But are they really smarter than your city?

You can call them the most "well-read" cities, or at least the cities that purchase the most books online.

Either way, Amazon has released its 2012 list of the most "well-read" cities in the United States. Using their data on online book orders -- they are the largest online retailer, after all -- the company ranked the top U.S. cities for all book, magazine, and newspaper sales in both Kindle and print format, since June 1, 2011.

Alexandria, Virginia tops the list, followed by Cambridge, Massachusetts; Berkeley, California; Ann Arbor, Michigan; and Boulder, Colorado. Rounding out the top 10 are Miami, Arlington, Virginia; Gainesville, Florida; Washington, D.C.; and Salt Lake City.

Not much has changed since last year's list, except that the D.C. metro area has solidified itself as a pretty smart place, with three of its cities moving up and into the top 10. College towns have also held their ground and Seattle has moved outside the top 10. 

Of course, Amazon has no way of knowing whether its customers actually read the books and magazines they purchase. While the most recent ranking of the "most literate" cities by John Miller at Central Connecticut State University concluded that D.C. was the most literate city under its metrics (newspaper circulation, magazine and journal circulation, online reading and book purchases, number of bookstores and public libraries) no other city in its top 10 made Amazon's top 10, and only Pittsburgh (11th), Cincinnati (17th), St. Louis (18th), and Atlanta (19th) made Amazon's top 20. (We should note that our own Richard Florida took issue with one of the conclusions of that particular ranking, on the connection between literacy and wealth).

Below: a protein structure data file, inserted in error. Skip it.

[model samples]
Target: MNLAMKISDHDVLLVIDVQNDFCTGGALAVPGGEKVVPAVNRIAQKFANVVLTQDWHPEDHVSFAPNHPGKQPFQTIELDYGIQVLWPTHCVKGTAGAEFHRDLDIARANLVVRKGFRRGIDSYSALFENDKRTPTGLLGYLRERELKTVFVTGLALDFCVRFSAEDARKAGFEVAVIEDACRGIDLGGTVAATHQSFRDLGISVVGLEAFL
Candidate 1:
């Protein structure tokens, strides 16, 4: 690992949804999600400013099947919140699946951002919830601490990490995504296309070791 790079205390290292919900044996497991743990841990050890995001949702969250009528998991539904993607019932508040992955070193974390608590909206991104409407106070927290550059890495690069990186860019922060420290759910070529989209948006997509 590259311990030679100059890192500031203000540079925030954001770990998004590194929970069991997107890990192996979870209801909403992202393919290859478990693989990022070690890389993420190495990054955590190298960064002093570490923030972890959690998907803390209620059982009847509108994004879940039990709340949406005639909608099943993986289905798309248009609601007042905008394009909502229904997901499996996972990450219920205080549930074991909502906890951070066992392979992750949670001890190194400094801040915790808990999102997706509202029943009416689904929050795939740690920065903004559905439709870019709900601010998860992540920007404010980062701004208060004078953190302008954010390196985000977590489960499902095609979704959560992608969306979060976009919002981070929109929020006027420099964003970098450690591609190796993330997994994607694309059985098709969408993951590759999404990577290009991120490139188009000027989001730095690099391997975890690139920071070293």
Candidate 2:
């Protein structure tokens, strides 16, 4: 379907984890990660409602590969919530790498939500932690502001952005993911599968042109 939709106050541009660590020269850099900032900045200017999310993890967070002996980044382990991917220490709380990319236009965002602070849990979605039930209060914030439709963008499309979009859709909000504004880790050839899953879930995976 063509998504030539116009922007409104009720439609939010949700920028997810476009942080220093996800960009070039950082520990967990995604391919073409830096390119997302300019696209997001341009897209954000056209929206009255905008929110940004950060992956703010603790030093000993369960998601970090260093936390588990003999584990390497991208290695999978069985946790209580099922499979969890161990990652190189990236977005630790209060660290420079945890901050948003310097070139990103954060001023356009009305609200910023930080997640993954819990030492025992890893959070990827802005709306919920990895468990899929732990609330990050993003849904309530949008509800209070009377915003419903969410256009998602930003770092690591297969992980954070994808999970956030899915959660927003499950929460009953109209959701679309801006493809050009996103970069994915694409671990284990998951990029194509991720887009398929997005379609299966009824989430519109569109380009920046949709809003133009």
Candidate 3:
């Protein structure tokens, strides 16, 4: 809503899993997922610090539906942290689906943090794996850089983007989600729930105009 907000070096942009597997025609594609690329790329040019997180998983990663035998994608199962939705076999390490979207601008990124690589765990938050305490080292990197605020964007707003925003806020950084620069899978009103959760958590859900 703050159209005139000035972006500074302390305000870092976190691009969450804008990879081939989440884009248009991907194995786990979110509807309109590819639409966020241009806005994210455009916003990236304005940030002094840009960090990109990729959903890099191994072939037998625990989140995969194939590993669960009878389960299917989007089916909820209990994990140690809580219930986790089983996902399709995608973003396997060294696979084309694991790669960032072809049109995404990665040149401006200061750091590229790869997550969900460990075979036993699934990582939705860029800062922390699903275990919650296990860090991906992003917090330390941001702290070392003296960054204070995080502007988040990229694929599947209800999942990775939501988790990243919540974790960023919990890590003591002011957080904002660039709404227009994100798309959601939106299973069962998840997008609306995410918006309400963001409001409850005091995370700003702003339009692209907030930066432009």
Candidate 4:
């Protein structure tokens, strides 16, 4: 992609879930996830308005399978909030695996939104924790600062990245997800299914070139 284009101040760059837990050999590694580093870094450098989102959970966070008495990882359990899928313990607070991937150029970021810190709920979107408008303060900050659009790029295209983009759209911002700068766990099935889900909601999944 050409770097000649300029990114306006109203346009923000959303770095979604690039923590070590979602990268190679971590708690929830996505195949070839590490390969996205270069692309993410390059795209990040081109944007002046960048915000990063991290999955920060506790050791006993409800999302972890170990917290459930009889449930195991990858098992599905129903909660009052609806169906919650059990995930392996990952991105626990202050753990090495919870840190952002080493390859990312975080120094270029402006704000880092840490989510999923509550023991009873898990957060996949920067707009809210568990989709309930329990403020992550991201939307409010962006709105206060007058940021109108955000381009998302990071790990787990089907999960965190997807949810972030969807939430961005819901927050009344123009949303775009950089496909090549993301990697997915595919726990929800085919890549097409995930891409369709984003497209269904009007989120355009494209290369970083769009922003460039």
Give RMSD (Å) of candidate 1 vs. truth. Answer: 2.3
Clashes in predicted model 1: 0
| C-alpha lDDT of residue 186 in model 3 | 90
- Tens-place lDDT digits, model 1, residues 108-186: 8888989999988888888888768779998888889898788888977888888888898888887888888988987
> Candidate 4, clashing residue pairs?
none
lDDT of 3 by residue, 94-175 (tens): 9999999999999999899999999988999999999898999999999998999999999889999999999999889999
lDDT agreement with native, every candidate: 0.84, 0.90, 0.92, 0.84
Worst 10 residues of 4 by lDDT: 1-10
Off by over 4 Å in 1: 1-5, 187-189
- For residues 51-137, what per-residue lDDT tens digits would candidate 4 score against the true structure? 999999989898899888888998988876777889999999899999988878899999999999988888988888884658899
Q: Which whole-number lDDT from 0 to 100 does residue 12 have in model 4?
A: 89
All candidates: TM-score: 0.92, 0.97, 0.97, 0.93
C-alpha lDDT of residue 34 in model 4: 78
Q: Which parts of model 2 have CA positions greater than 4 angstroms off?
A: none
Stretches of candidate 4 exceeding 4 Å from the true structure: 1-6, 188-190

And when we compare Amazon's top 10 book-buying cities to the 2011 Indie City Index, a list that ranks the vitality of independent, locally owned retail businesses (keeping in mind this means more than just bookstores), we find that only one of the cities on Amazon's top 20, Gainesville, made the top 10 on the Indie City Index.

Of course, a list of cities that spend a lot of money at local bookstores probably shouldn't match up with a list of cities that buy the most books from Amazon; the two concepts practically cancel each other out. Which buying habit is "smartest" is no doubt the subject for yet another list.

Top image: Reuters/Kevin Lamarque

About the Author

Most Popular

  1. Environment

    Let's All Swim in the Once-Filthy Canals of Paris

    Unlike many cities, the French capital has made good on its promise to re-open urban waterways to bathers. How did they do it?  

  2. Transportation

    5 Reasons to Be Wary of Elon Musk's Hyperloop

    High-speed vactrains might be the ticket for a Martian colony. As a practical transit investment for Earth, the technology has a long way to go.

  3. Uber drivers sit in their cars waiting for passengers.
    Equity

    What Uber Drivers Say About Uber

    Researchers conducted in-depth interviews and discovered a lot about the pitfalls of working in the rideshare business.

  4. The Salk Institute, near San Diego
    Design

    This Is Your Brain on Architecture

    In her new book, Sarah Williams Goldhagen presents scientific evidence for why some buildings delight us and others—too many of them—disappoint.

  5. Equity

    Too Many People Are Calling 911. Here's a Better Way.

    Memphis is working on an alternative for the expensive “you-call, we-haul” approach.